The Tamar Valley was once the heart of a Victorian success story built on early strawberries and daffodils. It was the combination of entrepreneurial and the gardening skills of these pioneer market gardeners that made them so effective. Mr. Septimus Oliver Jackson of Clamoak Farm at Weir Quay near Bere Alston was one of them.
He noticed double white narcissi growing in a hedge near his farm. ‘Entranced by their heady perfume (he) sent a few bunches (in c.1880) for sale as speculation (to Devonport market). In this way the Tamar Valley flower industry was born.’ (The Industrial Archeology of the Tamar Valley – 1967 by Frank Booker).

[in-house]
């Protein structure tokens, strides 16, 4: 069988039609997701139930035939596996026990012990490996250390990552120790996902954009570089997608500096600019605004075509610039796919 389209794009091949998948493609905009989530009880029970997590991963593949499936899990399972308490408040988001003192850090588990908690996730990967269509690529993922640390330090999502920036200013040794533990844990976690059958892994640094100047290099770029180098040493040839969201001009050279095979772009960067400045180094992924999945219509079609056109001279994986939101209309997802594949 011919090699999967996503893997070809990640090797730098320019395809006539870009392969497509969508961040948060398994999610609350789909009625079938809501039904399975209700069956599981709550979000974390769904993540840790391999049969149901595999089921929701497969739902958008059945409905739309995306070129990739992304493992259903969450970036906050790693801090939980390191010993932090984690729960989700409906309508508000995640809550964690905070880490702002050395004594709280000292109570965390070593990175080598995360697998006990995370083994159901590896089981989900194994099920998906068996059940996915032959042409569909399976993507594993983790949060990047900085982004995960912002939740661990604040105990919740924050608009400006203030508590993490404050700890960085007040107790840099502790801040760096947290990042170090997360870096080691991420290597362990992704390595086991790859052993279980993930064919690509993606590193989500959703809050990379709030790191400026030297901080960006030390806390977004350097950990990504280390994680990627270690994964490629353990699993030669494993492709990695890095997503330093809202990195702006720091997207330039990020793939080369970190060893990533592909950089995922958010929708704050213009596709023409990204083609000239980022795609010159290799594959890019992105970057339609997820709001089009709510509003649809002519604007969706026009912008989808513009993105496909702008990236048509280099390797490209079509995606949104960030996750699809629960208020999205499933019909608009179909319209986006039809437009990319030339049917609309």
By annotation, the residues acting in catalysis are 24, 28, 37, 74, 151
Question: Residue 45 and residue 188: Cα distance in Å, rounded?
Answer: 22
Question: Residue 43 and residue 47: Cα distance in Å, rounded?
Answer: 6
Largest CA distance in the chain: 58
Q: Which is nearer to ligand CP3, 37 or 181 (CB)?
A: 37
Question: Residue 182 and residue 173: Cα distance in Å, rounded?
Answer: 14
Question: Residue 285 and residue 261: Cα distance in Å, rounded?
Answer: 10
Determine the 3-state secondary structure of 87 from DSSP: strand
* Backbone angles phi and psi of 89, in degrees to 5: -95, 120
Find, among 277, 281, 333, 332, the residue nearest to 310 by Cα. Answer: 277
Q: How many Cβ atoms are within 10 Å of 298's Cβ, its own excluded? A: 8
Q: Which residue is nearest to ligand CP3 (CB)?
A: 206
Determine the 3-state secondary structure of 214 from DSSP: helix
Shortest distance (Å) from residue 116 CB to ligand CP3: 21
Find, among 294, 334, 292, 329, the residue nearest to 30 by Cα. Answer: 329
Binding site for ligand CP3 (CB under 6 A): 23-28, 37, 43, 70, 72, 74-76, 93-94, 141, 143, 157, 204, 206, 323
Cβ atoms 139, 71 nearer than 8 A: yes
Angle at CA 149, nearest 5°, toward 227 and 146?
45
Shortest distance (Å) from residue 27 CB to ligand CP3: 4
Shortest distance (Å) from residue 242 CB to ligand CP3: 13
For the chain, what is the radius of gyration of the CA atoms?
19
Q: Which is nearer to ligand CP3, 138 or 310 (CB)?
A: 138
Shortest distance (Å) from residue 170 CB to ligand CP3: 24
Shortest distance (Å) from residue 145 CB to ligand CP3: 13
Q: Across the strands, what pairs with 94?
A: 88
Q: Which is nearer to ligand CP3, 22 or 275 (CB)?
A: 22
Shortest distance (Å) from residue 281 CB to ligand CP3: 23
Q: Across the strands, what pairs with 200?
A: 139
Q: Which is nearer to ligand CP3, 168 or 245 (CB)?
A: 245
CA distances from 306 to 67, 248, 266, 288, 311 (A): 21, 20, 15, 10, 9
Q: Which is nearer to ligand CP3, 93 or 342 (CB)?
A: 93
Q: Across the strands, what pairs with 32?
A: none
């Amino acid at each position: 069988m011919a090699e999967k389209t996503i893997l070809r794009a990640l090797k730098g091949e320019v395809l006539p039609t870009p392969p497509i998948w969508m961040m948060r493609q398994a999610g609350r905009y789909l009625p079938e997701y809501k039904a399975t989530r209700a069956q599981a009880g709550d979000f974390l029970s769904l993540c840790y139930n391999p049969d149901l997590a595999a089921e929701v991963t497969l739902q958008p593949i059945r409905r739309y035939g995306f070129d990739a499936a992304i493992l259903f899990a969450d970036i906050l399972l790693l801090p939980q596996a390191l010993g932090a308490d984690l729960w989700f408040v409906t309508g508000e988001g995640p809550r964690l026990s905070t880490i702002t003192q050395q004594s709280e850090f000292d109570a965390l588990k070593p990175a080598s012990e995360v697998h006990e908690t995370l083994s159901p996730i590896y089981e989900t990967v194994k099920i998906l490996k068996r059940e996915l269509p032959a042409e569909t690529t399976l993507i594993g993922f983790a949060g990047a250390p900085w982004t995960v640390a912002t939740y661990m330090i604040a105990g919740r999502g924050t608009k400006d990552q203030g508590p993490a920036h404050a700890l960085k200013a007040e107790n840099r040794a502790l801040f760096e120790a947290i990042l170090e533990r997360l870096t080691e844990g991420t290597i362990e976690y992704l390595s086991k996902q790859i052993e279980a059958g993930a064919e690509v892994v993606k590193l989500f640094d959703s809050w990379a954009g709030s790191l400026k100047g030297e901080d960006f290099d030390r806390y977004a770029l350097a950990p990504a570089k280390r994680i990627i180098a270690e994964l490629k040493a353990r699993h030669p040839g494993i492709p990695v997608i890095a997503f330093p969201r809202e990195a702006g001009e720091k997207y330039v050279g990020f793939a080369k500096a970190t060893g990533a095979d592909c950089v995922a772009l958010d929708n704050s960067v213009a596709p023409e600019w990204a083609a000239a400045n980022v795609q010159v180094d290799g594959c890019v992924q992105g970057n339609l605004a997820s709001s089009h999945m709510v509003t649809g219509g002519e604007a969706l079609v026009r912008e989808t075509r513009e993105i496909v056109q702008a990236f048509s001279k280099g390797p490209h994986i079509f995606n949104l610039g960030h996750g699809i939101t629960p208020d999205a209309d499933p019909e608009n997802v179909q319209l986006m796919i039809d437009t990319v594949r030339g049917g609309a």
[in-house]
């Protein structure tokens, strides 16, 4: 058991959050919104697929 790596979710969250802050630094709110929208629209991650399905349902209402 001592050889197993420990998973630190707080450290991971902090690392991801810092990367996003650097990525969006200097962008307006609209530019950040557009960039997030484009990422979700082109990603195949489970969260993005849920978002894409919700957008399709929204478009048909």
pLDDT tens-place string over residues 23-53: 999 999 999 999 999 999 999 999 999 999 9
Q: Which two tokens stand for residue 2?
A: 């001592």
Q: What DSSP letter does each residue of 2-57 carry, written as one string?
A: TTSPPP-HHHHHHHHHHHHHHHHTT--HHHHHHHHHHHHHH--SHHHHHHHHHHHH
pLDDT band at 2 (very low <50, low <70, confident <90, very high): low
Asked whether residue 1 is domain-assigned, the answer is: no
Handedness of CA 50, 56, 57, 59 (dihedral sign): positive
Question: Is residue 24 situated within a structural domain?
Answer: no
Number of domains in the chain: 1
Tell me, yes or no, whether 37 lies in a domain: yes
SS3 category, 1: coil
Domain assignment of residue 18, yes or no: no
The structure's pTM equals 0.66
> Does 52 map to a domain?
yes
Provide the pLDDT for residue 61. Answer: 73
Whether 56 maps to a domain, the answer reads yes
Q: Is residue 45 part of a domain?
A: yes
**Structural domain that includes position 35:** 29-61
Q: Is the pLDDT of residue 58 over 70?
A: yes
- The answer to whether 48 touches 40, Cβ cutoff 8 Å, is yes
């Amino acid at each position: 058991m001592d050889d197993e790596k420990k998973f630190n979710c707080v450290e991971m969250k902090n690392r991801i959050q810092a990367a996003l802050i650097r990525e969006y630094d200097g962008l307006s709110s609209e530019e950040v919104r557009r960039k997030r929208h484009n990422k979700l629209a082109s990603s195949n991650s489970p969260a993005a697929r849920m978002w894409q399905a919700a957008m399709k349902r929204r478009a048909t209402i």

Mr. Jackson spotted a niche market, a late flowering daffodil ready just in time for the May Bank Holiday. Its perfume and delicate petals made it perfect to bridge the gap between spring and summer flowers.
The Tamar Double White Daffodil can be difficult to cultivate. It is now only found in tiny clusters in the Bere Peninsula. It is a sleeping beauty waiting for the patience and skill of a modern day market gardener to take up its cause and bring its delightful scent back into our rooms.
This project (funded through the Local Heritage Initiative) resulted in a collection of oral histories being recorded and a book ‘Sovereigns, Madams & Double Whites’, celebrating the fruit & flower pioneers of the Tamar Valley. The book won an Holyer an Gof (Cornish Gorsedd) award.